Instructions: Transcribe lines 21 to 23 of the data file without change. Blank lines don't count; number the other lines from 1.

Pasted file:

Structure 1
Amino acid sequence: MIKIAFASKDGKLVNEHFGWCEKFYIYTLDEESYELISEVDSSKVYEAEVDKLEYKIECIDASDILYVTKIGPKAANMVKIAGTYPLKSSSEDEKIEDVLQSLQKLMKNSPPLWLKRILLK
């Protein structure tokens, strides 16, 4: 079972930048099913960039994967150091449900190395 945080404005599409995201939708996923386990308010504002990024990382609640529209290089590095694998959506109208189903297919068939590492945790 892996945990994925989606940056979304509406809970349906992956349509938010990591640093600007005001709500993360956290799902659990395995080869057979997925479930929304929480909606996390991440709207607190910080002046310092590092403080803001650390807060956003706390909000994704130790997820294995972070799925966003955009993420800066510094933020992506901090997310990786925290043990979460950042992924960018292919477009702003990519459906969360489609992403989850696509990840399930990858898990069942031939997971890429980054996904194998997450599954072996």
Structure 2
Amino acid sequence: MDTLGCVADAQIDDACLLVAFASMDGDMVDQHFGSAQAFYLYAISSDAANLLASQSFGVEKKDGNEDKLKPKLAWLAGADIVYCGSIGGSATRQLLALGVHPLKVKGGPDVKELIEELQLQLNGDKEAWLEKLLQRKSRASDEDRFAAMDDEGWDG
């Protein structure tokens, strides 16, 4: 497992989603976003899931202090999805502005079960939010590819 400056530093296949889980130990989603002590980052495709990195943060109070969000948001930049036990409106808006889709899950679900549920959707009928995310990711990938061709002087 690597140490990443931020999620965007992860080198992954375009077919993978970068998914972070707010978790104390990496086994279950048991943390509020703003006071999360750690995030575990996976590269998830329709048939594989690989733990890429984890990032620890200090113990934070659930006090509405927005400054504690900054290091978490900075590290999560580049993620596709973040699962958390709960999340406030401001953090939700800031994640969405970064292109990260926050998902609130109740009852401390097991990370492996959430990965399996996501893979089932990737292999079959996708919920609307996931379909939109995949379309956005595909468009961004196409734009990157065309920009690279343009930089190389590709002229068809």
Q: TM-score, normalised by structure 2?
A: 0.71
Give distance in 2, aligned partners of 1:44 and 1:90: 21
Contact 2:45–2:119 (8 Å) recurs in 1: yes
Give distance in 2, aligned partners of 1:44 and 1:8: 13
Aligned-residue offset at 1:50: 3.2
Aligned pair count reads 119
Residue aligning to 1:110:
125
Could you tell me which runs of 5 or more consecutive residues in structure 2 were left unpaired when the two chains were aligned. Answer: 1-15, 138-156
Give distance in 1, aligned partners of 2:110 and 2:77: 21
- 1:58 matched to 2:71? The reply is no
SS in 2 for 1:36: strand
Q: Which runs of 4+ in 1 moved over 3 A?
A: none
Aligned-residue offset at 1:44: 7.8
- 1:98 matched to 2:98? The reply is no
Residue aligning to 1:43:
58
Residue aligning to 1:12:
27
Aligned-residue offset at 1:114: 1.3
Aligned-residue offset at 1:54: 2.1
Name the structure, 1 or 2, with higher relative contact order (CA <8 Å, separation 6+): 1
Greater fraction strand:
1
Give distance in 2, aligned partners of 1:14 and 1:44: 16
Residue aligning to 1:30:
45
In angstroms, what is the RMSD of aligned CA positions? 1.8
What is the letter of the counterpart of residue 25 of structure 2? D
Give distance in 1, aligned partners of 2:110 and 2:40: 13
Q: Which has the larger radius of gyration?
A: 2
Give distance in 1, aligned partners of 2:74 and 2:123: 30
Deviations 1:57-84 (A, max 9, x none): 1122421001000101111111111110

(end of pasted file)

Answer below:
A: none
Aligned-residue offset at 1:44: 7.8
- 1:98 matched to 2:98? The reply is no